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The network structure of mutual support links: Evidence from rural Tanzania

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  • Margherita Comola

    (EEP-PSE - Ecole d'Économie de Paris - Paris School of Economics - Ecole d'Économie de Paris, PSE - Paris-Jourdan Sciences Economiques - CNRS : UMR8545 - École des Hautes Études en Sciences Sociales (EHESS) - École des Ponts ParisTech (ENPC) - École normale supérieure [ENS] - Paris)

Abstract

This paper takes a network perspective t oinvestigate how rural households in developing countries form the links through which they provide and get economic support. I test the hypothesis that indirect contacts (e.g. friends of friends) matter for link formation. An estimation procedure of a network formation model à la Jackson and Wolinsky (1996) is proposed and applied to data on a single village in Tanzania. Results show that when agents evaluate the net advantage of forming a link they also consider the wealth and the position of indirect contacts. The network externalities from indirect contacts are negative, which suggests a mechanism of competition over scarce resources. This paper proposes the first structural estimation of an endogenous network formation model, and also contributes to the development literature by overcoming the dyadic regression approach and providing evidence that village-level network structure has an explanatory value disregarded by all previous studies.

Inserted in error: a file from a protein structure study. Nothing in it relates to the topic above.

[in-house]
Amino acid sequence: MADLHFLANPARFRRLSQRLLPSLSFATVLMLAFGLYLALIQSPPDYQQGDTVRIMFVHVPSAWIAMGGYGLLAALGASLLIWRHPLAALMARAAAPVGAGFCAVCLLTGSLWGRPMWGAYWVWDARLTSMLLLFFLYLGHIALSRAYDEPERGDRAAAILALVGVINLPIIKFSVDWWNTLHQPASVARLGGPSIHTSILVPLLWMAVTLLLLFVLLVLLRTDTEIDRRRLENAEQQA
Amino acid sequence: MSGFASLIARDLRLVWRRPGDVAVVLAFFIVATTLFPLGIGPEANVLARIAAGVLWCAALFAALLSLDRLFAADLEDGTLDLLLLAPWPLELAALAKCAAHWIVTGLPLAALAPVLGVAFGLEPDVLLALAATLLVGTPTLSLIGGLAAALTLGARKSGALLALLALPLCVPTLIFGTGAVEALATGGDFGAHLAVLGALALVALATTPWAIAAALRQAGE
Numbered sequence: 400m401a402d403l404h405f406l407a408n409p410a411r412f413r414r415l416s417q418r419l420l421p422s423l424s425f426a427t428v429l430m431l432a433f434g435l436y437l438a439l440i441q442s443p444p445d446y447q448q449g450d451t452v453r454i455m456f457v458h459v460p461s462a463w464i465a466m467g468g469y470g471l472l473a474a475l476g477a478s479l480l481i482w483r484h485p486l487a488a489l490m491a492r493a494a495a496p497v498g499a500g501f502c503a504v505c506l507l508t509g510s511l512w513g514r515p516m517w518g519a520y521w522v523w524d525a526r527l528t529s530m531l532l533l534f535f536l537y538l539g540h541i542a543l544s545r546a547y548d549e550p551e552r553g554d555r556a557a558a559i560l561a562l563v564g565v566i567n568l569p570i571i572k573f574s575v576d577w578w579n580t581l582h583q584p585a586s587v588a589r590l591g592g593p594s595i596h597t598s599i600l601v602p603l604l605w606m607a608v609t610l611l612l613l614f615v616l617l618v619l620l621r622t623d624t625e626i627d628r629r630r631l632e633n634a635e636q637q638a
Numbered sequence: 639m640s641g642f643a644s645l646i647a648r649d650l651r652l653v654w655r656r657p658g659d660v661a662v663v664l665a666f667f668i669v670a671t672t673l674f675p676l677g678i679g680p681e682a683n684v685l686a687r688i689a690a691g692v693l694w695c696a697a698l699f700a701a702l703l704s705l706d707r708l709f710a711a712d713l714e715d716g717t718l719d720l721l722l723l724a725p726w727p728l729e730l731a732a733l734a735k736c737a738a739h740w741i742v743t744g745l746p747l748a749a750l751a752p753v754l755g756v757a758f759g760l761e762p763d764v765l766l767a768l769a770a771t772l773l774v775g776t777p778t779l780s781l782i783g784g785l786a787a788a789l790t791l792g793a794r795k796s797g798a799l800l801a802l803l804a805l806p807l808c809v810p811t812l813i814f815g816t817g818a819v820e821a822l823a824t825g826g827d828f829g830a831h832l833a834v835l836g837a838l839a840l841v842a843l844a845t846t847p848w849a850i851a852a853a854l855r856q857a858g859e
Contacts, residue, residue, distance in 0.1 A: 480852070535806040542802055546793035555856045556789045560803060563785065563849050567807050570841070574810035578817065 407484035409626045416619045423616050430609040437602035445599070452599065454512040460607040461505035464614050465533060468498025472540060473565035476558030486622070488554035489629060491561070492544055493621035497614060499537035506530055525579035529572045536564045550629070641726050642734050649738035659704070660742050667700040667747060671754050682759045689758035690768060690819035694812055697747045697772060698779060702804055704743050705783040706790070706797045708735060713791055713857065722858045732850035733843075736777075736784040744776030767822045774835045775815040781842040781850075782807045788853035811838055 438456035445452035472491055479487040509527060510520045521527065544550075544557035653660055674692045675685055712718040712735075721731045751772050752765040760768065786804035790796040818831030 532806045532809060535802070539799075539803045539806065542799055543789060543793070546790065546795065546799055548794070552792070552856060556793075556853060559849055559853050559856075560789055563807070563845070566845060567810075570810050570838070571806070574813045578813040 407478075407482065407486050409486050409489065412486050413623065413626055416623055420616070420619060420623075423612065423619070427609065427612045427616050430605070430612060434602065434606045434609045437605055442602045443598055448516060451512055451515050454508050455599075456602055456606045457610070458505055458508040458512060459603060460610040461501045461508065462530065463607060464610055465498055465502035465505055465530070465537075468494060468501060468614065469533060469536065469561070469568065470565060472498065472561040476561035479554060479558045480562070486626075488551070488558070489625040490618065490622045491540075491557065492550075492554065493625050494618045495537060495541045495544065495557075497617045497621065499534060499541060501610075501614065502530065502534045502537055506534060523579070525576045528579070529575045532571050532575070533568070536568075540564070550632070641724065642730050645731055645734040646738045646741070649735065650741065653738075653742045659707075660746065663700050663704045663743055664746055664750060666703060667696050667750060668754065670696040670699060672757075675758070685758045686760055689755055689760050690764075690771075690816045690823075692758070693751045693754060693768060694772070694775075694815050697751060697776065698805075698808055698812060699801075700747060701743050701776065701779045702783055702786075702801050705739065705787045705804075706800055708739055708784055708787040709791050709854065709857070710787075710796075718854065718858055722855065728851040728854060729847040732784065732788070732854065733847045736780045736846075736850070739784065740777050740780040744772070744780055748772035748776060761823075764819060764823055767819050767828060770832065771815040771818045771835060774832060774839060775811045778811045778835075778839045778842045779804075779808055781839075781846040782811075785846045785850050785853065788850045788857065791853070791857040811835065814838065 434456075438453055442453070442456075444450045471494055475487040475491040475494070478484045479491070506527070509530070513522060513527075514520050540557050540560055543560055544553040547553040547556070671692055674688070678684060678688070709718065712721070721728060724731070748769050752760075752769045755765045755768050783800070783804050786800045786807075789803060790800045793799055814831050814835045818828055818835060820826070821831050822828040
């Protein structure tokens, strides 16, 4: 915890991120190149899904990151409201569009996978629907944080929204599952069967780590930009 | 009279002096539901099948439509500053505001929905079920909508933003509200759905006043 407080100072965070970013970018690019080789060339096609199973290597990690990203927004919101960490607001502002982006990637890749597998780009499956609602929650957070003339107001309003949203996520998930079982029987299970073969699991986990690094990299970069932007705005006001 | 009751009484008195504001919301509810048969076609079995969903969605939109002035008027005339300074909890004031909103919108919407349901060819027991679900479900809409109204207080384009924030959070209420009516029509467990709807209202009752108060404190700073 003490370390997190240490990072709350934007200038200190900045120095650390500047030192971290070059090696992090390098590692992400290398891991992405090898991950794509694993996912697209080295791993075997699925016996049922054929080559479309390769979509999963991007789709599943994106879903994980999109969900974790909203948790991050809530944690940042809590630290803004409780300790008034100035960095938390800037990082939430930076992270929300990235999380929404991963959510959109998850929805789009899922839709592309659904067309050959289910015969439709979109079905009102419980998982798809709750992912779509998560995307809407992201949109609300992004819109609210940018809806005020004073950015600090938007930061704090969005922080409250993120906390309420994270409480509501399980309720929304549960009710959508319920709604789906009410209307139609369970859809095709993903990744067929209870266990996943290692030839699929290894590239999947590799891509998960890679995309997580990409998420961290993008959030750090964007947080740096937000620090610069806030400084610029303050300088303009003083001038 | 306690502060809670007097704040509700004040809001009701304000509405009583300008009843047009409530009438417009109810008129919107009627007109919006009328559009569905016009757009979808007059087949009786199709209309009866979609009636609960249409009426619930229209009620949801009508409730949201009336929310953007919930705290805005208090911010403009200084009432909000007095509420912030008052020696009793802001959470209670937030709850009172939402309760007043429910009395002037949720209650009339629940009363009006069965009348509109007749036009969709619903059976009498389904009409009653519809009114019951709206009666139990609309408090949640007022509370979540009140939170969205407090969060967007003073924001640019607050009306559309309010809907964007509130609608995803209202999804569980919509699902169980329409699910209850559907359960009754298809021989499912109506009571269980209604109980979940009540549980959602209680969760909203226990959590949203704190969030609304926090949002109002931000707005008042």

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Paper provided by HAL in its series PSE Working Papers with number halshs-00585968.

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Date of creation: Jun 2010
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Handle: RePEc:hal:psewpa:halshs-00585968

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Keywords: mutual support ; network formation ; structural estimation ; indirect contacts;

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  1. Calvó-Armengol, Antoni & Patacchini, Eleonora & Zenou, Yves, 2008. "Peer Effects and Social Networks in Education," CEPR Discussion Papers 7060, C.E.P.R. Discussion Papers.
  2. De Weerdt, Joachim, 2002. "Risk-Sharing and Endogenous Network Formation," Working Paper Series UNU-WIDER Research Paper , World Institute for Development Economic Research (UNU-WIDER).
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